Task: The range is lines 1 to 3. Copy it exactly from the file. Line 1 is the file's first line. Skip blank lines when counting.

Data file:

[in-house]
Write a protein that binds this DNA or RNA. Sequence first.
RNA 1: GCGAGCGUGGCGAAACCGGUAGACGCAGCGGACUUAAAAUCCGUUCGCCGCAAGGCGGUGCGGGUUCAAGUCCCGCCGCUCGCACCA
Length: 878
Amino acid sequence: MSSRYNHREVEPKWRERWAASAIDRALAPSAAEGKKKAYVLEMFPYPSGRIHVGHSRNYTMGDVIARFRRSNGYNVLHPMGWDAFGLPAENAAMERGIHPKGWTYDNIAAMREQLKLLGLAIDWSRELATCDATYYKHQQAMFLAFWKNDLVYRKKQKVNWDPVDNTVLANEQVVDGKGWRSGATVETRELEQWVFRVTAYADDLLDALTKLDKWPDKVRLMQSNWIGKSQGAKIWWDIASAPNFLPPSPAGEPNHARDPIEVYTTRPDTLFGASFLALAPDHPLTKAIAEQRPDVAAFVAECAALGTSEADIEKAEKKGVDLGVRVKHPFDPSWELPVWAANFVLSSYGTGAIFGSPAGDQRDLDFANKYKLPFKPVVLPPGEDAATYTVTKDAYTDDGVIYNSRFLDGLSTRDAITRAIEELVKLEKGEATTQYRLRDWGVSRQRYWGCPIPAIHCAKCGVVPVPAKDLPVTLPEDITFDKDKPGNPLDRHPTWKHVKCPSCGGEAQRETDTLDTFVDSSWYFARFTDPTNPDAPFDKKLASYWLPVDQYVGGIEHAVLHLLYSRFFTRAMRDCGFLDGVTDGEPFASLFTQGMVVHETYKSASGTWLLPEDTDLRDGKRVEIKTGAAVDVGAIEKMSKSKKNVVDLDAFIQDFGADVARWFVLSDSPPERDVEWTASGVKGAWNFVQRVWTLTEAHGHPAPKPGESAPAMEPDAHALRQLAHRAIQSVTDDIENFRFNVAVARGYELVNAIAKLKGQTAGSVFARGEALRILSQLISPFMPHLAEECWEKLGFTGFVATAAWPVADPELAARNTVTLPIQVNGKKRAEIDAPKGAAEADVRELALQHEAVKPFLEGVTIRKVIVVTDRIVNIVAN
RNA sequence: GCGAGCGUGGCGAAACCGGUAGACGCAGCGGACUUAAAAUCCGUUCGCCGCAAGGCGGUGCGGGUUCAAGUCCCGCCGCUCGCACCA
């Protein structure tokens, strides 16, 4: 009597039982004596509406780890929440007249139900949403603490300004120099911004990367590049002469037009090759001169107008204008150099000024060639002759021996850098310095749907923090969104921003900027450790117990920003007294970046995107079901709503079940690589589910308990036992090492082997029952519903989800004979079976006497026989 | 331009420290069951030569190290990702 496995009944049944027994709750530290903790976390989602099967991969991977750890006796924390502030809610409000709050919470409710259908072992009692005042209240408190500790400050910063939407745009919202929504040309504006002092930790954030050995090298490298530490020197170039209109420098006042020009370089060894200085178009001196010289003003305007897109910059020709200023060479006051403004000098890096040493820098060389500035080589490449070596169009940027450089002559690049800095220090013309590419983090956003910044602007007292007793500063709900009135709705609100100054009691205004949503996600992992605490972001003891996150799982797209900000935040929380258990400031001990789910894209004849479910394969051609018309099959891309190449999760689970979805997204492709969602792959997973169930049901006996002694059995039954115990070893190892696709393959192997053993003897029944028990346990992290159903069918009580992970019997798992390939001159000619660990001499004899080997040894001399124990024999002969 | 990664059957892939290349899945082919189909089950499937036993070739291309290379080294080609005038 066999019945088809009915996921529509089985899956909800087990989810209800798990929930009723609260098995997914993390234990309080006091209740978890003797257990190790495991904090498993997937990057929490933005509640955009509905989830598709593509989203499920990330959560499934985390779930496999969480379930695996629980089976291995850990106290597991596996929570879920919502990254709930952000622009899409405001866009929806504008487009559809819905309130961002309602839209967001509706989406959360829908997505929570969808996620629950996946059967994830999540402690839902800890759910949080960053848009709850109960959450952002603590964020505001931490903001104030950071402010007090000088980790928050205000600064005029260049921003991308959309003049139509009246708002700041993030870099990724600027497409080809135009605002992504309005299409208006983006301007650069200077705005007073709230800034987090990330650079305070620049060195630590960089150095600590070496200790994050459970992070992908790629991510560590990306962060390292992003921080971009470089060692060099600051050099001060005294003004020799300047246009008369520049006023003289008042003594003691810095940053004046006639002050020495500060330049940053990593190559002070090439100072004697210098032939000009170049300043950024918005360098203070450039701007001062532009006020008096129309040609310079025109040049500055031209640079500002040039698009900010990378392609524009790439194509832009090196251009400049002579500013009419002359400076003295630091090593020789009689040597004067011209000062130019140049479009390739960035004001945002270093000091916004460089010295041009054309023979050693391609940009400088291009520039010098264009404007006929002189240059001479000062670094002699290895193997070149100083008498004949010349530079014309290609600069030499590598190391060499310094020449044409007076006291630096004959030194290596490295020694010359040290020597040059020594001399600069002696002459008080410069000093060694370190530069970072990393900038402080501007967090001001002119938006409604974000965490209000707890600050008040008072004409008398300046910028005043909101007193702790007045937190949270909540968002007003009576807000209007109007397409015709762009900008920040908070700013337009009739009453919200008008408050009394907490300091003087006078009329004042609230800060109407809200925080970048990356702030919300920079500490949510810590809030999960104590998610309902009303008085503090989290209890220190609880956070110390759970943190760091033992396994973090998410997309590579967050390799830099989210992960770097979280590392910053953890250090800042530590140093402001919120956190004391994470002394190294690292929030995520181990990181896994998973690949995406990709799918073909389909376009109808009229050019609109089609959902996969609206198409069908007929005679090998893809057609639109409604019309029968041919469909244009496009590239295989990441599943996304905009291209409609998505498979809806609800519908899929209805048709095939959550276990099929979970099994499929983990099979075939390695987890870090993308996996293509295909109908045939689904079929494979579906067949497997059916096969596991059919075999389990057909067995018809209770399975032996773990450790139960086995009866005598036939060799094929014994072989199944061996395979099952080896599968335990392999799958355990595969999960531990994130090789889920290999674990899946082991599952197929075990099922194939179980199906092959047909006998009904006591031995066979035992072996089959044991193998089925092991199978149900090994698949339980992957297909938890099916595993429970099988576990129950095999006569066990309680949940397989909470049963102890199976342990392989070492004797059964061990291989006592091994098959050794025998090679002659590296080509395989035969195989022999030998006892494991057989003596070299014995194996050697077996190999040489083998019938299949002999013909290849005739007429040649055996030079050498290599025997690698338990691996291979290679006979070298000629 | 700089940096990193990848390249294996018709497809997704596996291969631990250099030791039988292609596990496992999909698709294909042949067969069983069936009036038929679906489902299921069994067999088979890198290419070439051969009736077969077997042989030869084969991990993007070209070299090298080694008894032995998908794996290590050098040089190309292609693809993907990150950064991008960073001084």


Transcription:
[in-house]
Write a protein that binds this DNA or RNA. Sequence first.
RNA 1: GCGAGCGUGGCGAAACCGGUAGACGCAGCGGACUUAAAAUCCGUUCGCCGCAAGGCGGUGCGGGUUCAAGUCCCGCCGCUCGCACCA